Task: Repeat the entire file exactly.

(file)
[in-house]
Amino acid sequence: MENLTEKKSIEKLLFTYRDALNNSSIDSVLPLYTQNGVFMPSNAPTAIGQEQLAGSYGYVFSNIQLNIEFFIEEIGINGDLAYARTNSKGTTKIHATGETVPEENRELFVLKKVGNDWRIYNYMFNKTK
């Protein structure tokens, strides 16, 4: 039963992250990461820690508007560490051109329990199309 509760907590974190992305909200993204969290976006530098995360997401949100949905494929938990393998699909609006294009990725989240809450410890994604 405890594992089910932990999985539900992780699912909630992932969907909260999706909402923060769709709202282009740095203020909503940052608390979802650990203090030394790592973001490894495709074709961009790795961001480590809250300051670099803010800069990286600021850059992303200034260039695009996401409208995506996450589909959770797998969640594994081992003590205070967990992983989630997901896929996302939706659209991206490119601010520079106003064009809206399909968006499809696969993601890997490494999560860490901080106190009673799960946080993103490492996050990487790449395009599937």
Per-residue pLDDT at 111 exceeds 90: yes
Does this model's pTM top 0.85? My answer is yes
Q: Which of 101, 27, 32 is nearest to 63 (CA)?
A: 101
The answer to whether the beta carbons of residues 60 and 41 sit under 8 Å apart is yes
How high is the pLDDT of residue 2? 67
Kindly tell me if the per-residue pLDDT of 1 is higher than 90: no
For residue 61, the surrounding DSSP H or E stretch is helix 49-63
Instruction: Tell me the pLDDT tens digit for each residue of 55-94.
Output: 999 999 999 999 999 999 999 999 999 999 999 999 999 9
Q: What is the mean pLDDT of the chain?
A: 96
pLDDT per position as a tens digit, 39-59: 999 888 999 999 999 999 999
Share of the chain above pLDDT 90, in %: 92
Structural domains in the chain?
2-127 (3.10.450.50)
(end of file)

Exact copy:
[in-house]
Amino acid sequence: MENLTEKKSIEKLLFTYRDALNNSSIDSVLPLYTQNGVFMPSNAPTAIGQEQLAGSYGYVFSNIQLNIEFFIEEIGINGDLAYARTNSKGTTKIHATGETVPEENRELFVLKKVGNDWRIYNYMFNKTK
């Protein structure tokens, strides 16, 4: 039963992250990461820690508007560490051109329990199309 509760907590974190992305909200993204969290976006530098995360997401949100949905494929938990393998699909609006294009990725989240809450410890994604 405890594992089910932990999985539900992780699912909630992932969907909260999706909402923060769709709202282009740095203020909503940052608390979802650990203090030394790592973001490894495709074709961009790795961001480590809250300051670099803010800069990286600021850059992303200034260039695009996401409208995506996450589909959770797998969640594994081992003590205070967990992983989630997901896929996302939706659209991206490119601010520079106003064009809206399909968006499809696969993601890997490494999560860490901080106190009673799960946080993103490492996050990487790449395009599937």
Per-residue pLDDT at 111 exceeds 90: yes
Does this model's pTM top 0.85? My answer is yes
Q: Which of 101, 27, 32 is nearest to 63 (CA)?
A: 101
The answer to whether the beta carbons of residues 60 and 41 sit under 8 Å apart is yes
How high is the pLDDT of residue 2? 67
Kindly tell me if the per-residue pLDDT of 1 is higher than 90: no
For residue 61, the surrounding DSSP H or E stretch is helix 49-63
Instruction: Tell me the pLDDT tens digit for each residue of 55-94.
Output: 999 999 999 999 999 999 999 999 999 999 999 999 999 9
Q: What is the mean pLDDT of the chain?
A: 96
pLDDT per position as a tens digit, 39-59: 999 888 999 999 999 999 999
Share of the chain above pLDDT 90, in %: 92
Structural domains in the chain?
2-127 (3.10.450.50)